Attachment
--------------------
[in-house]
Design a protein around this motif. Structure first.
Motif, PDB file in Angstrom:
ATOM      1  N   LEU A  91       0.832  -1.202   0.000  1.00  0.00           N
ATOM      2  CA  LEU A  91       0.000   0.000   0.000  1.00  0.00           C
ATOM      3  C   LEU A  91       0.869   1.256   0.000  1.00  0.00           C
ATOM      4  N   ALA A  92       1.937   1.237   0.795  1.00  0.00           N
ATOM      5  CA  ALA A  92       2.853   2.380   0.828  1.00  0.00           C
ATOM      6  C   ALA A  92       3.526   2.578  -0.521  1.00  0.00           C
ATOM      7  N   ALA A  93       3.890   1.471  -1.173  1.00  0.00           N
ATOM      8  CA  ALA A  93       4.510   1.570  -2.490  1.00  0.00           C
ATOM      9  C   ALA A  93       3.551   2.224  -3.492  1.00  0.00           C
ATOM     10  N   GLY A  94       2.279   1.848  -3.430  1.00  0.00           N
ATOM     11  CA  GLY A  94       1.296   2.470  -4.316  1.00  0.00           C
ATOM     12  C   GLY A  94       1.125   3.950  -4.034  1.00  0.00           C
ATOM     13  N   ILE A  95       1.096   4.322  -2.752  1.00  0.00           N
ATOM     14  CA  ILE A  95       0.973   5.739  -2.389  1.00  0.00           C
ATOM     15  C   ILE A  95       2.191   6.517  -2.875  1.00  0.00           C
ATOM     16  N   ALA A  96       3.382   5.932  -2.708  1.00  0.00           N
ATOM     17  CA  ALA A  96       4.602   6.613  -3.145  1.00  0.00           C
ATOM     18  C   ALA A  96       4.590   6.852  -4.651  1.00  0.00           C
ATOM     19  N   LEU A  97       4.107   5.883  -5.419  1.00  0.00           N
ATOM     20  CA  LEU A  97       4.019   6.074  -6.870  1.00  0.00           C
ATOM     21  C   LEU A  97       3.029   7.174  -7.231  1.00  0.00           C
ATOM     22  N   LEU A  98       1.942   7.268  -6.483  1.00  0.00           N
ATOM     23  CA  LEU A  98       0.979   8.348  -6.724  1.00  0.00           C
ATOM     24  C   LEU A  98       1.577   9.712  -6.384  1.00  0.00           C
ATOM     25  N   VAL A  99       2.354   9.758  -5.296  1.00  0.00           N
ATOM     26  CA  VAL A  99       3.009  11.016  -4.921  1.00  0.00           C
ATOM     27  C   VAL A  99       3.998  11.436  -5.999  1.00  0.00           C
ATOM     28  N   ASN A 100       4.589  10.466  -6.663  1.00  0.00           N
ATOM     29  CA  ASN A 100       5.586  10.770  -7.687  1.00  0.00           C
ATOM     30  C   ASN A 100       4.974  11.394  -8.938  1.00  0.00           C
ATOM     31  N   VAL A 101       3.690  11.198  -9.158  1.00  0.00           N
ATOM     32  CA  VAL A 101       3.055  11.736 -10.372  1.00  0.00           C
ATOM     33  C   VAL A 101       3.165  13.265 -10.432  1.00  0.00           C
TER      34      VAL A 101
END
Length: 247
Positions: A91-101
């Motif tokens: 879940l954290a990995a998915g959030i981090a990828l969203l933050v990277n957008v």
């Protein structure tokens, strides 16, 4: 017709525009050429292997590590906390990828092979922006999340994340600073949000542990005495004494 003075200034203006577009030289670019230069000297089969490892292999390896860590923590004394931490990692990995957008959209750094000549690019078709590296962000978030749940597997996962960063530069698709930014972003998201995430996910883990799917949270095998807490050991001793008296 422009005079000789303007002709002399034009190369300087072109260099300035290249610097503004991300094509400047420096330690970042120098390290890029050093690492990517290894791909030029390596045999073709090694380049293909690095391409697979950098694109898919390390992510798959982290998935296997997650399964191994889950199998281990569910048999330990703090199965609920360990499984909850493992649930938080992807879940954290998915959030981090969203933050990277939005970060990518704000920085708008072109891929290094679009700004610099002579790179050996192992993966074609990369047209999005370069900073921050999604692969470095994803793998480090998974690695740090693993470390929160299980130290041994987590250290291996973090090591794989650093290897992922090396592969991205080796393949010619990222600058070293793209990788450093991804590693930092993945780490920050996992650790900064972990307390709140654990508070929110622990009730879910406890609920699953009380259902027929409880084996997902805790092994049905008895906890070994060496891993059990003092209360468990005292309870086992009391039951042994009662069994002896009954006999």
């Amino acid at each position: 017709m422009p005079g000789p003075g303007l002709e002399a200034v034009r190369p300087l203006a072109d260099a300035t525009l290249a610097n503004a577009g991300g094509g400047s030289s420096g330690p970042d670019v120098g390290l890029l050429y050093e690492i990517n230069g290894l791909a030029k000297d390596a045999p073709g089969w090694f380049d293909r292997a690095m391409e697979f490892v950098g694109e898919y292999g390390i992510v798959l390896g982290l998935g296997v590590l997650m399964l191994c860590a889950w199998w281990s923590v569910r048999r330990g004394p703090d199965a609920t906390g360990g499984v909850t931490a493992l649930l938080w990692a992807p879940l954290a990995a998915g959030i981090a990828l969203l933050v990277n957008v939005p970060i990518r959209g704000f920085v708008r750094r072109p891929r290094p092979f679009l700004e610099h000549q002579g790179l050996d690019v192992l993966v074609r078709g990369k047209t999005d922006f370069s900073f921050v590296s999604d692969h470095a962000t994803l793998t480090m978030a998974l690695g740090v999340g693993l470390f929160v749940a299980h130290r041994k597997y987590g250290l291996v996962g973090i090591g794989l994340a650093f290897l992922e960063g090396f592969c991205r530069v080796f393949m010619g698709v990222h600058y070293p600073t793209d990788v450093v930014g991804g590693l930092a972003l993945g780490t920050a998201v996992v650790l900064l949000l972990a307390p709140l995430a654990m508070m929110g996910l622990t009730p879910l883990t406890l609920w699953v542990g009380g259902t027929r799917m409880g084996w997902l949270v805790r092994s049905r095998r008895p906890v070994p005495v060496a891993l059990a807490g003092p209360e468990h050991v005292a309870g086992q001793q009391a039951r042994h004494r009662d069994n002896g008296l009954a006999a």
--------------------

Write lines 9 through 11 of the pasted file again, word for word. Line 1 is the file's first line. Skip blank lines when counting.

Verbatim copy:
ATOM      6  C   ALA A  92       3.526   2.578  -0.521  1.00  0.00           C
ATOM      7  N   ALA A  93       3.890   1.471  -1.173  1.00  0.00           N
ATOM      8  CA  ALA A  93       4.510   1.570  -2.490  1.00  0.00           C